SC: How did you become the chair of the program and the magazine?
DB: Langara offers many opportunities for advancement and experience in other roles within the college. Our Program Coordinator in 2011, Giselle Lemay, started working as Coordinator for employee development at Langara and the opportunity to take over the Program Coordinator for the program became available.
SC: What do you love about publishing?
DB: There is an opportunity for more people than ever to share their ideas and stories. A diverse range of messages enhances the fabric of society.
SC: What are some of the challenges you and your students face, and how do you overcome them?
DB: The cost of living in the Lower Mainland and cost of post-secondary education puts a strain on our students. Most of our students are juggling work along with a demanding academic schedule. The group experiential projects we undertake in the program can lead to interpersonal conflicts and time management challenges, however these issues echo the realities of working in the industry. Our students have the support of their instructors and classmates to learn strategies to be successful.
SC: How do you feel about the future of the industry?
DB: I’m concerned about a concentration of power with Google and Facebook. Though overall they deny being publishers, this is the role they are playing and they have little accountability or transparency. The industry will continue to evolve and there will always be opportunity. For those people finding this to be an uncertain time, we undoubtedly will find clarity in time.
SC: How do you see digital media affecting physical print copies of magazines?
DB: Print will continue to exist—just not in the strength of its previous role. I believe digital can complement print. For some publications, digital will be the stronger choice while with others will continue to need to publish in print. Magazines need to understand their audience and concentrate their efforts in those areas that provide stronger return.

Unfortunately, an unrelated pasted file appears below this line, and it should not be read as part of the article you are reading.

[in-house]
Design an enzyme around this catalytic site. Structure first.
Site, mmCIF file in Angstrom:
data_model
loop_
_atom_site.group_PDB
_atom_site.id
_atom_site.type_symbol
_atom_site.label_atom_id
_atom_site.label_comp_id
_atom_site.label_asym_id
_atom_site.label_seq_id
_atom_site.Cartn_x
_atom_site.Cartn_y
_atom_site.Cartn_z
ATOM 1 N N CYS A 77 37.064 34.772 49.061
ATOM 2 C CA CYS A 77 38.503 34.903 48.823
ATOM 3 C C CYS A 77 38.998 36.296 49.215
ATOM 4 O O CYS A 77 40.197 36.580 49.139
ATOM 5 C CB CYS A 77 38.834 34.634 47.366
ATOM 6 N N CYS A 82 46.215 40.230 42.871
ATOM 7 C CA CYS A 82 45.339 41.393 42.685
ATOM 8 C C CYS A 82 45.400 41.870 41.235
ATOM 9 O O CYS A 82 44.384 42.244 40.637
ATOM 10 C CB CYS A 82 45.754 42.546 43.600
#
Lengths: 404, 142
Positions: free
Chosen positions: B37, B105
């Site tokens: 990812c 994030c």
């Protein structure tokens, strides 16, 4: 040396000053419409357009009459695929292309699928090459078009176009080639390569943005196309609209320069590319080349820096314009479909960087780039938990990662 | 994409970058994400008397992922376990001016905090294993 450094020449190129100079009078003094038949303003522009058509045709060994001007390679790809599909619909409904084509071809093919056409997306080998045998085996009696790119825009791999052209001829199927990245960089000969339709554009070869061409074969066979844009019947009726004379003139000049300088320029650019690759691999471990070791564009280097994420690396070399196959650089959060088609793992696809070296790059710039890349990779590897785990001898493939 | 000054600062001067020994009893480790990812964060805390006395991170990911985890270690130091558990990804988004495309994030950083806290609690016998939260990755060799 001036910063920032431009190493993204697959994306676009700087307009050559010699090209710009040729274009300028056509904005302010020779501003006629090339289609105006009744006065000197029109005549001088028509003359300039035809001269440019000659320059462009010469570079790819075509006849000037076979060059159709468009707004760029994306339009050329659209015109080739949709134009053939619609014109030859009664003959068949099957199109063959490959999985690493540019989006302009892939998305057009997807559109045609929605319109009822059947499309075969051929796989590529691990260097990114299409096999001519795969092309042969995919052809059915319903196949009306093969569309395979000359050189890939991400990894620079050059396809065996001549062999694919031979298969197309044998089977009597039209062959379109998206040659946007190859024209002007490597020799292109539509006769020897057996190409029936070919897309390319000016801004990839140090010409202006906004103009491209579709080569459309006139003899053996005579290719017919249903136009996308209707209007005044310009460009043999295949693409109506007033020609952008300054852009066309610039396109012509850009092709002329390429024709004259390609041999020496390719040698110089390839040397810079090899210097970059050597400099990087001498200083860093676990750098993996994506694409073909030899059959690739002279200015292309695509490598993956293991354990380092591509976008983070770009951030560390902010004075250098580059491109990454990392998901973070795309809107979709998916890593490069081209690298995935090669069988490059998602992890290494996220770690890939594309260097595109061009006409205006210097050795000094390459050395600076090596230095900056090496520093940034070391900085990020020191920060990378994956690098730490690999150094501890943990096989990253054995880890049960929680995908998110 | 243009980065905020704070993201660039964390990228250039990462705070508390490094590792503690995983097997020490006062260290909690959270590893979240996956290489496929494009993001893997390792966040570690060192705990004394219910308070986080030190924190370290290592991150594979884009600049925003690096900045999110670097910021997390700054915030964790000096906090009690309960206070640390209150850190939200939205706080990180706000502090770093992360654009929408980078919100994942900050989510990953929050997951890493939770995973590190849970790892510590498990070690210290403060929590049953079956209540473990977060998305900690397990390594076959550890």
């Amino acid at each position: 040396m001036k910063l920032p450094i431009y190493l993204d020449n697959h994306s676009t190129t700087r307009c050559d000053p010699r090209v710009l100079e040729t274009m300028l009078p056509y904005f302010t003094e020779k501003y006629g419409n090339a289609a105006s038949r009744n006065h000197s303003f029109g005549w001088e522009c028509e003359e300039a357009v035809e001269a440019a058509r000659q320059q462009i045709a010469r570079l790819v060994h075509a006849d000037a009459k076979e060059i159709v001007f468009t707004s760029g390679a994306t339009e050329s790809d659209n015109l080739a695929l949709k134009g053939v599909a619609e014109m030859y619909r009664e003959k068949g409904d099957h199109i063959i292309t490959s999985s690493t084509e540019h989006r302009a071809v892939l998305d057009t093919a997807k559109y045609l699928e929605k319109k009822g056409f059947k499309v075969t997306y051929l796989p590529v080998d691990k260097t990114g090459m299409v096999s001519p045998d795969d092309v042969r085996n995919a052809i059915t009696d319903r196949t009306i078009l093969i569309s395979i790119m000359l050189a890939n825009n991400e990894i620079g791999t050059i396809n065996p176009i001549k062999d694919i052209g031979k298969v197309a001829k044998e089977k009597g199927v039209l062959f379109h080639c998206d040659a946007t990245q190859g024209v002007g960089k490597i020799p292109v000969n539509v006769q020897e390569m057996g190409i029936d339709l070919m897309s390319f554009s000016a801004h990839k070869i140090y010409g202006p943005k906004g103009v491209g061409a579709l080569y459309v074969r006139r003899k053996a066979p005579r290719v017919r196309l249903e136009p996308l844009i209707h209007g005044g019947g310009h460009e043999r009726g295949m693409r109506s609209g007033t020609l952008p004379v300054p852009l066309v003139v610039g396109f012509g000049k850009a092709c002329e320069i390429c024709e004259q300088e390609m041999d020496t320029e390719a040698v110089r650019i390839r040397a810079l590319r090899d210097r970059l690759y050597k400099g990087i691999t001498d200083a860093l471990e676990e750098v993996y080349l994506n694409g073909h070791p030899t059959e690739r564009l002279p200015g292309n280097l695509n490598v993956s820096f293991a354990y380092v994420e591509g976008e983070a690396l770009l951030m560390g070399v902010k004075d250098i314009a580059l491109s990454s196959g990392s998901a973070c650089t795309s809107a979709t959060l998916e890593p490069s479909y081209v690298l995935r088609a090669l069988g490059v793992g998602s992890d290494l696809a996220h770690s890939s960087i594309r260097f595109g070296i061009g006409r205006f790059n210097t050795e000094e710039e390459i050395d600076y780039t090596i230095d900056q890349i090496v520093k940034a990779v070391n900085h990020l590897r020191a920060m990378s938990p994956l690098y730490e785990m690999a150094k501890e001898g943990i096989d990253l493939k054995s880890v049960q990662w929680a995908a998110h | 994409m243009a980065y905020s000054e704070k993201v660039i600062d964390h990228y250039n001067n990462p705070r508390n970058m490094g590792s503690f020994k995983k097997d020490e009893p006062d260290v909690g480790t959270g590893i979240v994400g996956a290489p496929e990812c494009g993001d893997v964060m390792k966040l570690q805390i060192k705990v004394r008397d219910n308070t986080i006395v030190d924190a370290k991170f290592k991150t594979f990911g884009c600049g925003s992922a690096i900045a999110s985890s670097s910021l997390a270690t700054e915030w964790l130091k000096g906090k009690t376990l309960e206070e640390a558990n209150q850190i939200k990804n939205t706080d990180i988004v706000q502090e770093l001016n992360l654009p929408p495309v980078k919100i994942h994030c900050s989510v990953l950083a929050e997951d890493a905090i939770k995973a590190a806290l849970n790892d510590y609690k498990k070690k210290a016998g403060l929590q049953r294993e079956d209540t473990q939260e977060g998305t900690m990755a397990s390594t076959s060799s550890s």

SC: What would you like to see happen in the local and Canadian magazine industry?
DB: Content creation costs money. Audiences need to see the value in supporting magazines. I believe government has a role in supporting Canadian content. Sometimes this may be financial support, while other times it may be policy decisions that provide support to the industry.
SC: Any advice to people wanting to get into publishing?
DB: Talk to people in the industry, arrange information interviews where possible. Do your research, then set short and long term goals. There are a variety of paths into the industry. Be flexible and remain open. Your networks in the industry are vital.
SC: Final thoughts?
DB: Related to the above, stay open to opportunity. I’ve seen a number of students change their career plans while taking the Publishing Program and being exposed to other areas. And, persevere!
— Posted by Sarah Chan, Langara Library & Information Technology Student for MagsBC, May 2017